The band acquitted themselves quite well especially guitarists Johnathon Wilson and Dave Kilminster who admittedly have the biggest shoes to fill in recreating David Gilmour’s splendid, iconic guitar work. Waters played acoustic guitar and piano but many times just stood at the mic and sang. He’s a little awkward without an instrument but I was riveted. He held out playing bass guitar – the instrument he’s known for (and frankly I’ve always thought he was a criminally underrated bass player) – until the very end when they were doing tunes from Dark Side of the Moon. The stage was a big X or cross and the band performed in “the round.” I’m not a huge fan of that set up. When Waters went to the opposite side of the stage to play piano I couldn’t see him or the grand piano except on the big screen hanging precariously above us.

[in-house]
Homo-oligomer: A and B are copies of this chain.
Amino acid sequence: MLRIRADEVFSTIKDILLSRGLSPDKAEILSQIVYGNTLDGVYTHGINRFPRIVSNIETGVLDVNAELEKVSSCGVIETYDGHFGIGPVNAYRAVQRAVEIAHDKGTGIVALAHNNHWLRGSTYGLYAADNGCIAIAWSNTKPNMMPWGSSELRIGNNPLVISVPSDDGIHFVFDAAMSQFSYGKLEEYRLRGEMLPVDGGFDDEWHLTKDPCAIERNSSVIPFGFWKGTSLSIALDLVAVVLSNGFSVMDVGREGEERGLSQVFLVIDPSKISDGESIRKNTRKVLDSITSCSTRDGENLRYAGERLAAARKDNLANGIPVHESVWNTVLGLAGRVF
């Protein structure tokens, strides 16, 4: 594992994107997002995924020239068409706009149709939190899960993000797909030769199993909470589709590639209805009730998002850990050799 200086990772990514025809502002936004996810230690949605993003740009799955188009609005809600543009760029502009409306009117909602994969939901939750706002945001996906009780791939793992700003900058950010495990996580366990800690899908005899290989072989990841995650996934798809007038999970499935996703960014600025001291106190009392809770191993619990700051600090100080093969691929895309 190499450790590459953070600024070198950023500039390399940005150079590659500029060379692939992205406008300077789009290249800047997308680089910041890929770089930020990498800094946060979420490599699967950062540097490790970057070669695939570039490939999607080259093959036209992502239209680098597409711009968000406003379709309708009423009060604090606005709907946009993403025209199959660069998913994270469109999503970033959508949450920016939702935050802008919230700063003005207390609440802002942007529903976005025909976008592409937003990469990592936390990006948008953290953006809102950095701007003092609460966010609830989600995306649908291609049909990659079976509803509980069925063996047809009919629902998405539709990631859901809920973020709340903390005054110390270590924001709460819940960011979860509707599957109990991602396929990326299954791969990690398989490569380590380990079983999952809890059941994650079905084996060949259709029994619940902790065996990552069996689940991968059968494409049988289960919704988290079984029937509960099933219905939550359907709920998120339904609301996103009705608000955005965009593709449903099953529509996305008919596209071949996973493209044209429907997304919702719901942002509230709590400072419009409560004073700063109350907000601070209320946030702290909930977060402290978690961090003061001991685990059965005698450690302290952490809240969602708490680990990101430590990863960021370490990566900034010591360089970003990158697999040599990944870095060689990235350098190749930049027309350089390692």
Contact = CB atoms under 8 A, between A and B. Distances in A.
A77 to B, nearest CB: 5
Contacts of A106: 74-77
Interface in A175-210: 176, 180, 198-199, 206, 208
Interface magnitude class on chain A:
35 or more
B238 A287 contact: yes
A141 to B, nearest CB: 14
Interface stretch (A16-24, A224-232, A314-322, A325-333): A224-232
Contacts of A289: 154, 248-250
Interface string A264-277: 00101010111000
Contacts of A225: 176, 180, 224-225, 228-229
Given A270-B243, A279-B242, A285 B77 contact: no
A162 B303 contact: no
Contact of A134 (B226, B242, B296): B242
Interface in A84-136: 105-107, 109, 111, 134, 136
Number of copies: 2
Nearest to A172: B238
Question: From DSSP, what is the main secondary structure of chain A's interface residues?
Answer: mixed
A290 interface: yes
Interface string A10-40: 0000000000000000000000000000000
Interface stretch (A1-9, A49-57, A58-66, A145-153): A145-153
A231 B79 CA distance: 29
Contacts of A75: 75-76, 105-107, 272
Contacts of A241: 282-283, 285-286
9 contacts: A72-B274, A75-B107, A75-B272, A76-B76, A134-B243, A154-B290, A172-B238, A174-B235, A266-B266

The show started with an ominous version of “Comfortably Numb,” sans the guitar solo at the end, set to acoustic guitar and synth. Then the screen rose up into the rafters and we were off and running. He started off with “The Happiest Days of Our Lives/Another Brick In The Wall Pt 2/Another Brick In the Wall Pt 3” and the crowd was into it. I did feel Roger’s vocals were a little low in the mix but I’m knit picking. He then played “The Powers That Be” from an album only I like, Radio K.A.O.S. There’s a moment in that song in the chorus where they sing, “You better run, you better run on home” that hits like a sledge hammer although it was little muted or muddled last night. It didn’t hit me as hard as usual. I will admit I was pretty blissed out for most of this show. Being so intimately familiar with the material really helps.

After Waters played a great new song, “The Bar,” he went into a muscular “Welcome To The Machine.” He closed out the first set with “Wish You Were Here,” where I snapped the photo above, “Shine On You Crazy Diamond” and finally “Sheep” from the album Animals, a personal favorite. Those four songs were worth the price of admission. The band was cooking. The keyboards on “Sheep” played by Jon Carin and Roger Walter were spot on.